Resident Ray Wockley challenged the council to be “proactive and not reactive” when it comes to stormwater drainage.

    “You’re going to have to involve the County, possibly the State of Delaware, homeowners’ associations and all of us,” said Wockley, who presented the council with a map of ditches within the Ocean View ZIP code. “There has to be a concerted effort to look at all of these ditches.”

    Wockley noted that the town is not contiguous, as there are areas within the borders of the town that are not part of the town.

    “The people that live right next to the administration building are not in the town. Lord Baltimore — not in town,” he added of the residential community. “All these people have to be involved because they’ve got ditches on their property and they all flow into our property… I’m challenging, if you can — get the people involved, because this is not going to get better.”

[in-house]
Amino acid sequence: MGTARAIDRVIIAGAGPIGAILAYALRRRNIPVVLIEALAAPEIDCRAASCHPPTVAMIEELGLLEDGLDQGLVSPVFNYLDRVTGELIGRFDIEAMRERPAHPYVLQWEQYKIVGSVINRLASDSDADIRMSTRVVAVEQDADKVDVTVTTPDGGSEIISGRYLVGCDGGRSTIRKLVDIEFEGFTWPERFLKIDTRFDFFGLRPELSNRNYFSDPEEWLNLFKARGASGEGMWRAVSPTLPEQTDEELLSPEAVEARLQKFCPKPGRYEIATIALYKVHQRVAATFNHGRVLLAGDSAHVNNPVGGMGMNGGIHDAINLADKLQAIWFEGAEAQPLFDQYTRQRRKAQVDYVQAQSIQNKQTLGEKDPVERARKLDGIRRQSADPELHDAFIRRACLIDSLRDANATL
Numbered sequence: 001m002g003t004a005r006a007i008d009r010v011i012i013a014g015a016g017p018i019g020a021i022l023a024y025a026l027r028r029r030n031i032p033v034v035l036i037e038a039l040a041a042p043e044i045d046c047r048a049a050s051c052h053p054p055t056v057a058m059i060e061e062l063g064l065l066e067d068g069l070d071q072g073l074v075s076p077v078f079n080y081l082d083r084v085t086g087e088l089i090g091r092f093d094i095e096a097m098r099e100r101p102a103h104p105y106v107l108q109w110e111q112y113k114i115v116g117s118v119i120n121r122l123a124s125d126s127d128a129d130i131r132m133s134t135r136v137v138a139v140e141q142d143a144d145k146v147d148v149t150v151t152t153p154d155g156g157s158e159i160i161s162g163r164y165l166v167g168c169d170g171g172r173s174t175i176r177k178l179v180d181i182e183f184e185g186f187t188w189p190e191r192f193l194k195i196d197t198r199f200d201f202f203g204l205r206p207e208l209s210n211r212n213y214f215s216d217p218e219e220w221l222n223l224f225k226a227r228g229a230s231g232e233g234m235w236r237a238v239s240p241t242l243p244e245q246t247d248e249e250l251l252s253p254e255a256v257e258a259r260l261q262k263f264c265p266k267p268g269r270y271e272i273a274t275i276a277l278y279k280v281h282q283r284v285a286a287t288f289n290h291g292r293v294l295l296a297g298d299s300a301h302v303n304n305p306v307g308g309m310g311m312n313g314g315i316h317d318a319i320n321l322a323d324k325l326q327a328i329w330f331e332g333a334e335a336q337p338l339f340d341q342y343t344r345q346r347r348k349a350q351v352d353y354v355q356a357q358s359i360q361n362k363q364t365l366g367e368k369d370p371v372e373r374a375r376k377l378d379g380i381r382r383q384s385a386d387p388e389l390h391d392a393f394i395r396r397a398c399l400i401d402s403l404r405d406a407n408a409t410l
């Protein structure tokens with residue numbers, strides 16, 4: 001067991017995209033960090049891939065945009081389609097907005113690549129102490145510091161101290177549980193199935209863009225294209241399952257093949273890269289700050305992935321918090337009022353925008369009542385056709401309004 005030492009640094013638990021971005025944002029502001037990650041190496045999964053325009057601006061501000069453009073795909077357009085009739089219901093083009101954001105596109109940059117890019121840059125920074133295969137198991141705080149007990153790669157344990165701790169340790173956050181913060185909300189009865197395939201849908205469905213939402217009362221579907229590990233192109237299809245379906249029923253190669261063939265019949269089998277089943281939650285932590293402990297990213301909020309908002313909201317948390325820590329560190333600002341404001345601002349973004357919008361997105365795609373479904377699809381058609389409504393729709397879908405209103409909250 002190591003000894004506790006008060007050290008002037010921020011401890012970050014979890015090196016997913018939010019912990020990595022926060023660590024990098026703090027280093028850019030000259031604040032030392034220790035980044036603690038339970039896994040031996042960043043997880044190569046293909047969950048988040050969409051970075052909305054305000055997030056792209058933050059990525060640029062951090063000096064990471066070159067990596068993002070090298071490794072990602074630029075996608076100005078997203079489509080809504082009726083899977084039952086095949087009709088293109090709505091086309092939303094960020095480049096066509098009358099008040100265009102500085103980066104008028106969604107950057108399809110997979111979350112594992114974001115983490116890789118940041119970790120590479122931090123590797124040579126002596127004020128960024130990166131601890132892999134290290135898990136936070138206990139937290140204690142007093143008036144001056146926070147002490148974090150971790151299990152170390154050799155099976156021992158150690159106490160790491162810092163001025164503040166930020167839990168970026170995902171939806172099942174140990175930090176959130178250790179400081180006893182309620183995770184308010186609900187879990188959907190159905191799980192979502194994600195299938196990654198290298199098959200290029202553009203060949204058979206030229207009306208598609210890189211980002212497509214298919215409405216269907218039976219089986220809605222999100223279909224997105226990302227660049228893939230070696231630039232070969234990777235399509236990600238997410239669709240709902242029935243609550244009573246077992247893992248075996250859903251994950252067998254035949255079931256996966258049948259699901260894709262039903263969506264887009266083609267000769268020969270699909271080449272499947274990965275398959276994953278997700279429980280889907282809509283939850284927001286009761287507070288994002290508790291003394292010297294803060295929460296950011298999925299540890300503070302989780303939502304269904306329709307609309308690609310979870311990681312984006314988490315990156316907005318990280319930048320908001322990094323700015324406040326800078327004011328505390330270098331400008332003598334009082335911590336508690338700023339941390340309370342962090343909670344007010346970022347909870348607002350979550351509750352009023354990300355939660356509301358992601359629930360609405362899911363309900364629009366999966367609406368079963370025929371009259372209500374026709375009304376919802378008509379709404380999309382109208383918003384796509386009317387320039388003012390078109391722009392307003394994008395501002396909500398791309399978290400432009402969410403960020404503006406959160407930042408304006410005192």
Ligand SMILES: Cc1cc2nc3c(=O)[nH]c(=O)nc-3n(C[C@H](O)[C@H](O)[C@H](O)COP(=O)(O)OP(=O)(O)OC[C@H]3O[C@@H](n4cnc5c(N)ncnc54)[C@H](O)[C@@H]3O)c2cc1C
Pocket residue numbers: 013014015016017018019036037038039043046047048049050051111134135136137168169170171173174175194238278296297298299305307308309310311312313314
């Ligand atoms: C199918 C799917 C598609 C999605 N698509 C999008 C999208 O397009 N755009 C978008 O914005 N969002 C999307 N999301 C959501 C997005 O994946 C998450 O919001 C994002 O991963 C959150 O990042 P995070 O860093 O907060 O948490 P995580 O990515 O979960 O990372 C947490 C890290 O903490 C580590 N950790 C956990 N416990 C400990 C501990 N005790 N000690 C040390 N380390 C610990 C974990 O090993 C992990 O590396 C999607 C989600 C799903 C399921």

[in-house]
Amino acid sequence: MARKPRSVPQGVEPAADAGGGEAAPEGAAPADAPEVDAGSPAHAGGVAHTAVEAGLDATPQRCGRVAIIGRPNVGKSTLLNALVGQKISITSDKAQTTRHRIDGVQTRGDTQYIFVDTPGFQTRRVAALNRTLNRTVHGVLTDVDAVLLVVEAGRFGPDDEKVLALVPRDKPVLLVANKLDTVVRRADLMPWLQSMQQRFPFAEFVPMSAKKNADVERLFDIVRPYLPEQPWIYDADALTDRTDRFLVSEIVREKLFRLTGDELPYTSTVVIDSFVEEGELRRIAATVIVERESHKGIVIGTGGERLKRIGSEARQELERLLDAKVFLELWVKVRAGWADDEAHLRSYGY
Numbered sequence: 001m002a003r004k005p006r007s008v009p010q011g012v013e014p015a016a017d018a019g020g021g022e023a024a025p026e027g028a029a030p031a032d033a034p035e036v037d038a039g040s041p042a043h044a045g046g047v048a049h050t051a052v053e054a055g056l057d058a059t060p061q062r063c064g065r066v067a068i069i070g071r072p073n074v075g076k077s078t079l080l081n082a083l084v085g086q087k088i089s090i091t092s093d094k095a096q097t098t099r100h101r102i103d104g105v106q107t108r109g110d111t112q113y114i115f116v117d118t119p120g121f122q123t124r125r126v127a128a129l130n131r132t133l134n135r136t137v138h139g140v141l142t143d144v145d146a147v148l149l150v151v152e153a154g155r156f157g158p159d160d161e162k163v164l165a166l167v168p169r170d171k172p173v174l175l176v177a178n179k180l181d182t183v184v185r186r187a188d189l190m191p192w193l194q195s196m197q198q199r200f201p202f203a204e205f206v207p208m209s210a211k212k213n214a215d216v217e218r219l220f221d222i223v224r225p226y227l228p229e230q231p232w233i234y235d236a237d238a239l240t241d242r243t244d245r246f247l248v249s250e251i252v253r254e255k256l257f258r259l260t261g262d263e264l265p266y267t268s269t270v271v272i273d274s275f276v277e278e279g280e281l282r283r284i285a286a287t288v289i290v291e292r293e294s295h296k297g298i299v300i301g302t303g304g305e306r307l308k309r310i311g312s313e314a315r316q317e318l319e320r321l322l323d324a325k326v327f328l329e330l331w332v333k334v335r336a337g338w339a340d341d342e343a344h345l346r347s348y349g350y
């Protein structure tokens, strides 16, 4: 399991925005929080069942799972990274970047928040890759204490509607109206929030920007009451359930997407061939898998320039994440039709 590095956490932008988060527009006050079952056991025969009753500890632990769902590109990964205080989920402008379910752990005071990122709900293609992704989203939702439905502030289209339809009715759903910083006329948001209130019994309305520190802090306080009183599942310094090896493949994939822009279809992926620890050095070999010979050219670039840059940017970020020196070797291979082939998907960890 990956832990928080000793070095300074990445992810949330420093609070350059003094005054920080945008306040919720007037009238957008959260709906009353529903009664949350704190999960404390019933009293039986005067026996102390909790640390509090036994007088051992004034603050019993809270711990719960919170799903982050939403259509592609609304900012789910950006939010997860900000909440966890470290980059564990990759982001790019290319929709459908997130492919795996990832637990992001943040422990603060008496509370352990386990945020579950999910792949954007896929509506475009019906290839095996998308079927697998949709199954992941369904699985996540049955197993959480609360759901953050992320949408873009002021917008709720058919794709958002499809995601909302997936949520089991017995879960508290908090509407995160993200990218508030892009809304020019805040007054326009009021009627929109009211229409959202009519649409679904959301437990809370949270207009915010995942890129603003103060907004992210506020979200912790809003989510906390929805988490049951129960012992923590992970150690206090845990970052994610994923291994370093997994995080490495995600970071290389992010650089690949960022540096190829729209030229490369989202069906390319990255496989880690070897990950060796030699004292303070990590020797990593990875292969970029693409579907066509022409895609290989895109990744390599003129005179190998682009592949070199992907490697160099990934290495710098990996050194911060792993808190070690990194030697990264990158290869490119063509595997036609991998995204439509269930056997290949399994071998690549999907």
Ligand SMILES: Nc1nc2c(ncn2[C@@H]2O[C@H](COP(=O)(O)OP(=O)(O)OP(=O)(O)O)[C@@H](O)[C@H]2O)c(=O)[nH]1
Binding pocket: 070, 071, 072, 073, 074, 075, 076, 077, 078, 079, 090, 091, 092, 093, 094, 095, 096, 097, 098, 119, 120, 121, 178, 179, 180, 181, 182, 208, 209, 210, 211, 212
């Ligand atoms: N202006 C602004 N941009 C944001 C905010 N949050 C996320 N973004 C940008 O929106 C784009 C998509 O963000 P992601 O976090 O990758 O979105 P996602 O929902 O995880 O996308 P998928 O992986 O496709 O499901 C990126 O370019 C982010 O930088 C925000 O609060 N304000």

“I think that’s a very good point and a very good challenge to this council and anybody in the county and also to the State,” replied Curran. “It’s a great idea to say, reach out. You’re right — when you look at the Town, it looks like Swiss cheese.

    “The problem is there were prior councils here, going back quite a few years, that simply refused to let those developments become part of this town. It was totally illogical that they did that, but they did it… Now, [those developments] like it the way it is. By law, this Town can’t even ask them to join. Anyone that wants to come in and join must approach the Town first.”

    Curran added that the council is working with legislators to possibly start a regional police force.